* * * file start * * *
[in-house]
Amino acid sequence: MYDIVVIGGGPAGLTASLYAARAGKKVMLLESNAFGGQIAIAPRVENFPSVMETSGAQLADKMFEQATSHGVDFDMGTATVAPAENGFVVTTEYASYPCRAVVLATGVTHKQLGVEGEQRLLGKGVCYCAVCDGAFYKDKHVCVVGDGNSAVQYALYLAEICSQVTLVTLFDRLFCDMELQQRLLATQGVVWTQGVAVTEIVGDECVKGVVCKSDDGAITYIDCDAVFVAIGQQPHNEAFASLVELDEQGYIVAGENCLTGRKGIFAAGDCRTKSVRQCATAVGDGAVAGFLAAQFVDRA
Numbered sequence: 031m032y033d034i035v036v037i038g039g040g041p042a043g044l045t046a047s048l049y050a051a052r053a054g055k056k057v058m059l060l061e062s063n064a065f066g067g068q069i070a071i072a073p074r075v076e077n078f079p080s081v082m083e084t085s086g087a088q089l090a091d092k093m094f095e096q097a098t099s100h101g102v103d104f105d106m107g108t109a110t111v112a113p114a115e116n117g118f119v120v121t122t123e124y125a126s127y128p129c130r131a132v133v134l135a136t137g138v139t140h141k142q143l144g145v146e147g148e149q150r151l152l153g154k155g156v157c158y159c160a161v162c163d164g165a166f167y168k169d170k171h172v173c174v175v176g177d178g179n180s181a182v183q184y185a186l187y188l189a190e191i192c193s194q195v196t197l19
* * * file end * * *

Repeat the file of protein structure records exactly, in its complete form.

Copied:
[in-house]
Amino acid sequence: MYDIVVIGGGPAGLTASLYAARAGKKVMLLESNAFGGQIAIAPRVENFPSVMETSGAQLADKMFEQATSHGVDFDMGTATVAPAENGFVVTTEYASYPCRAVVLATGVTHKQLGVEGEQRLLGKGVCYCAVCDGAFYKDKHVCVVGDGNSAVQYALYLAEICSQVTLVTLFDRLFCDMELQQRLLATQGVVWTQGVAVTEIVGDECVKGVVCKSDDGAITYIDCDAVFVAIGQQPHNEAFASLVELDEQGYIVAGENCLTGRKGIFAAGDCRTKSVRQCATAVGDGAVAGFLAAQFVDRA
Numbered sequence: 031m032y033d034i035v036v037i038g039g040g041p042a043g044l045t046a047s048l049y050a051a052r053a054g055k056k057v058m059l060l061e062s063n064a065f066g067g068q069i070a071i072a073p074r075v076e077n078f079p080s081v082m083e084t085s086g087a088q089l090a091d092k093m094f095e096q097a098t099s100h101g102v103d104f105d106m107g108t109a110t111v112a113p114a115e116n117g118f119v120v121t122t123e124y125a126s127y128p129c130r131a132v133v134l135a136t137g138v139t140h141k142q143l144g145v146e147g148e149q150r151l152l153g154k155g156v157c158y159c160a161v162c163d164g165a166f167y168k169d170k171h172v173c174v175v176g177d178g179n180s181a182v183q184y185a186l187y188l189a190e191i192c193s194q195v196t197l19